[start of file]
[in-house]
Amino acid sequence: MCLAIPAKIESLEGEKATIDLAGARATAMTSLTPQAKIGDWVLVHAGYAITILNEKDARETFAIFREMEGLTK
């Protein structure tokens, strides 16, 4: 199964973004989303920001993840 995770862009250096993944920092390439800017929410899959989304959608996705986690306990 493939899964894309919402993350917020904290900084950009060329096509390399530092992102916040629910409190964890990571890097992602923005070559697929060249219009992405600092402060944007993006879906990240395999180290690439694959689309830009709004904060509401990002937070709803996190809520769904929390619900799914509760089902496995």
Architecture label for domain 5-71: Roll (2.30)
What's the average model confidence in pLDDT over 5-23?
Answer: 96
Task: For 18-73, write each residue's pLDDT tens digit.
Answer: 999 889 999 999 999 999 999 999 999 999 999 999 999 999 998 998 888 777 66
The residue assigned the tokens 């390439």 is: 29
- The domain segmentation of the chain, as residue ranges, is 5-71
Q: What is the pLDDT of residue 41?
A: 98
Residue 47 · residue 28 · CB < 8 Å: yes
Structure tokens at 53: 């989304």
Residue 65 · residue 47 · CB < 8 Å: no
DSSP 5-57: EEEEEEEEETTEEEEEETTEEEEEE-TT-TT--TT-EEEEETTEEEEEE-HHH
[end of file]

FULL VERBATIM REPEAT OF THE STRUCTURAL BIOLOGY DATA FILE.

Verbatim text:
[in-house]
Amino acid sequence: MCLAIPAKIESLEGEKATIDLAGARATAMTSLTPQAKIGDWVLVHAGYAITILNEKDARETFAIFREMEGLTK
């Protein structure tokens, strides 16, 4: 199964973004989303920001993840 995770862009250096993944920092390439800017929410899959989304959608996705986690306990 493939899964894309919402993350917020904290900084950009060329096509390399530092992102916040629910409190964890990571890097992602923005070559697929060249219009992405600092402060944007993006879906990240395999180290690439694959689309830009709004904060509401990002937070709803996190809520769904929390619900799914509760089902496995």
Architecture label for domain 5-71: Roll (2.30)
What's the average model confidence in pLDDT over 5-23?
Answer: 96
Task: For 18-73, write each residue's pLDDT tens digit.
Answer: 999 889 999 999 999 999 999 999 999 999 999 999 999 999 998 998 888 777 66
The residue assigned the tokens 């390439």 is: 29
- The domain segmentation of the chain, as residue ranges, is 5-71
Q: What is the pLDDT of residue 41?
A: 98
Residue 47 · residue 28 · CB < 8 Å: yes
Structure tokens at 53: 């989304």
Residue 65 · residue 47 · CB < 8 Å: no
DSSP 5-57: EEEEEEEEETTEEEEEETTEEEEEE-TT-TT--TT-EEEEETTEEEEEE-HHH